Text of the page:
Check out their opinions on the ads that were hits with female audiences. Then tune in tomorrow for the next post in our Marketing to Women Ad-Stravaganza recap.
Drew Brees and Chase QuickPay
Amy Inzanti, Vice President, Strategy + Planning
Drew Brees and son, Baylen, are featured in Chase’s Superbowl commercial. As they play in the front yard, Baylen kicks the football through several neighbors homes–breaking through walls and windows, shattering dishes and other keepsakes. Drew quickly responds by sending an apology note and $200 to each of his neighbors via Chase’s QuickPay service.
Why does it work? QuickPay and its qualities are demonstrated in an amusing and memorable way. The service is simple and fast, and allows you to re-focus–to “Chase What Matters.” In this instance, what matters is spending time with your kids, which elicits warm feelings from any parent. Additionally, the juxtaposition of two brands: family man Brees and reliable Chase, are a perfect match.
And if all that didn’t get you, watching young Baylen kick the ball is just adorable and so well-suited for football fans.
Introducing Ms. Brown!
Christin Miller, Account Supervisor, Healthcare
One of my favorite moments from this year’s Ad-a-Polooza (otherwise known as the Superbowl) was the M&Ms take on the “new” woman with the debut of Ms. Brown. A sassy, slightly hipster version of the classic brown M&M, Ms. Brown quickly quips to the men in the crowd that although she is brown, she is indeed wearing her candy shell and not showing…her chocolate. Cue the unusually brazen red M&M from across the bar, stripping and shaking to LMFAO’s “I’m Sexy and I Know It.” What the woman in the bar were thinking crosses human – chocolate lines and remains fairly consistent — men love breaking out of their shell and “wiggling it” to infectious dance music all for the possibility of love.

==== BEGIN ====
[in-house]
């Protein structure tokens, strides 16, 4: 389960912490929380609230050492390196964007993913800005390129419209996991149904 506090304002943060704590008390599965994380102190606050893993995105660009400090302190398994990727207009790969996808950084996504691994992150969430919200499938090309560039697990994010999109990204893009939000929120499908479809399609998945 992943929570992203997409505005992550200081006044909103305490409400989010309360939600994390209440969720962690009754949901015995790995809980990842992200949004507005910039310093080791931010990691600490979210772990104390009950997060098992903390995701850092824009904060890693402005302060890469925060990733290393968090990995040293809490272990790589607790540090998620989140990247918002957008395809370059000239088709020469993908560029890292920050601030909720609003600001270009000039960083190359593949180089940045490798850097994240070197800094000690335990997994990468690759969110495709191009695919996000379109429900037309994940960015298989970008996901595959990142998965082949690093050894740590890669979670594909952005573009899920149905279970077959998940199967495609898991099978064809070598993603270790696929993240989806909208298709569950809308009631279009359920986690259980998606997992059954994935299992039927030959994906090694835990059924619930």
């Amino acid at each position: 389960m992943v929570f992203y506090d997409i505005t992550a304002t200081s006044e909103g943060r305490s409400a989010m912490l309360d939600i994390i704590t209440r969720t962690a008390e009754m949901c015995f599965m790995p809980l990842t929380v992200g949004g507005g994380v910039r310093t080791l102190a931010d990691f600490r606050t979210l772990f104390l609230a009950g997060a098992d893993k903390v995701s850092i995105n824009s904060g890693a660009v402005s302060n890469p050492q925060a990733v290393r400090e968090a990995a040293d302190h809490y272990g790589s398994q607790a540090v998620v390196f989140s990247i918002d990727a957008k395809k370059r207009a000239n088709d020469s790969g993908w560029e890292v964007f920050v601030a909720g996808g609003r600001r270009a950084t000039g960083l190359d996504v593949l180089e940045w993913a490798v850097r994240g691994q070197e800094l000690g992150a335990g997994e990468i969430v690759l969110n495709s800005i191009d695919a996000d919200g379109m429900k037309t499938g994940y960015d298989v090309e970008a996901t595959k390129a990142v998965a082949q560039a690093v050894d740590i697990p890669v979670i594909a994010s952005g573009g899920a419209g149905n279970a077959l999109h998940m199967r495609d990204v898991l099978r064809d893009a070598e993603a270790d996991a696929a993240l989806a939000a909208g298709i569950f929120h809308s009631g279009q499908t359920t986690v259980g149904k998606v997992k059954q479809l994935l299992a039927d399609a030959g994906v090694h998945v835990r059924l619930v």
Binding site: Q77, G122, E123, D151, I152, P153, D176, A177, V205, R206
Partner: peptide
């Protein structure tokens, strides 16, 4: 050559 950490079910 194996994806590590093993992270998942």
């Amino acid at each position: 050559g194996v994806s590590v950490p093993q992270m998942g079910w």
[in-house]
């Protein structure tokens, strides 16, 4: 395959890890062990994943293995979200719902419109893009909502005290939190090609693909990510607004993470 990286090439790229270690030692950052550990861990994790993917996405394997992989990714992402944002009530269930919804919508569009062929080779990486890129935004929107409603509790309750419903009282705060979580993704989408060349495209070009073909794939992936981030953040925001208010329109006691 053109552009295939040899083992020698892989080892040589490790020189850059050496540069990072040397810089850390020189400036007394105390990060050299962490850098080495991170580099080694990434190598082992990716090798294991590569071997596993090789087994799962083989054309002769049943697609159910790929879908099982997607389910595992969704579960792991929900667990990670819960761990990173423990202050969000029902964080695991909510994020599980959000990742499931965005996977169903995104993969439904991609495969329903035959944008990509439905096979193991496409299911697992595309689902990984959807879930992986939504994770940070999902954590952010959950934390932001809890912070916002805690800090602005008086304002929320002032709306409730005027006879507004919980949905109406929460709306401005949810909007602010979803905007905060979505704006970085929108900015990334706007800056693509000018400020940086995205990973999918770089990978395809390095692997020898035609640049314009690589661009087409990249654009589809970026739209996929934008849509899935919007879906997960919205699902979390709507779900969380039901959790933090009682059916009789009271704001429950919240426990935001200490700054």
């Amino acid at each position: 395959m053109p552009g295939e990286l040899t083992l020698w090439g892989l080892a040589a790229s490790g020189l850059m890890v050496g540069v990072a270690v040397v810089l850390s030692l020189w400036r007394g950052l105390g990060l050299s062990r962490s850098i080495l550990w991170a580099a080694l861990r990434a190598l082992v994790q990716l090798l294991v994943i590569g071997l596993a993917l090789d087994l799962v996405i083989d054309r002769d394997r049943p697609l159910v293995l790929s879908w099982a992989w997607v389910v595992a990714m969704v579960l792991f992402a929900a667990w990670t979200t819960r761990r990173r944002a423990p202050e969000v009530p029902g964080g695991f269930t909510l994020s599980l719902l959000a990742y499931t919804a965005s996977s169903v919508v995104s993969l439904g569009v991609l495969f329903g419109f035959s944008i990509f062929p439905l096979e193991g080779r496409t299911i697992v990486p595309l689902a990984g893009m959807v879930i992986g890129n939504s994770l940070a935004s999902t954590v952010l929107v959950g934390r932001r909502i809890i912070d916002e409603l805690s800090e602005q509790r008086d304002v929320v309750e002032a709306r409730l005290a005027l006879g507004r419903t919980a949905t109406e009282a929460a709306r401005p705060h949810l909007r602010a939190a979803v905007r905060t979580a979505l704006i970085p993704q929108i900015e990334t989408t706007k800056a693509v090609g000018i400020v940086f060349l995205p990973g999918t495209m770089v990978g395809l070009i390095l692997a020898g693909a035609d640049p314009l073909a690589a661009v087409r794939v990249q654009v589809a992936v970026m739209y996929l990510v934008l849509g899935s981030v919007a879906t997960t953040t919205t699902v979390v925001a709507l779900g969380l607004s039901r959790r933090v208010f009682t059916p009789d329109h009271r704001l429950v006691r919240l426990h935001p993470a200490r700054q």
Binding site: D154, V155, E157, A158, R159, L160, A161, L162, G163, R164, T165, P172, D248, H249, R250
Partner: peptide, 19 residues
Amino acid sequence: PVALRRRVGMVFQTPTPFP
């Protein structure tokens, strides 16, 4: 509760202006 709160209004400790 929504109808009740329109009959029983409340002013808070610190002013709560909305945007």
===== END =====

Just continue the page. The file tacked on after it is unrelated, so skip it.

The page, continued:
Jill Sciuto, Senior Account Executive, Healthcare
Honda’s CR-V advertisement featuring Matthew Broderick as “Ferris Bueller” was a 2-minute revival of the cult classic “Ferris Bueller’s Day Off“, complete with a car trip to the museum, amusement park and a Chinese parade. Exterior and Interior features of the Honda CR-V were highlighted throughout the ad, and I thought it resonated well with females (and males). Today’s memorable car commercials tend to highlight features that appeal to men – speed, hot women drivers, horsepower…and more speed. Ferris Bueller’s CR-V highlights the practical, realistic features of a car in an entertaining setting – it’s a mid-size SUV that not only gets you from point A to point B, but also C, D, E, etc., and reinforces today’s busy, on-the-go lifestyle. Whether you’re running errands or playing hooky from work, the gender-neutral CR-V is a work hard, play hard car that’s game-on for all that life can throw at you.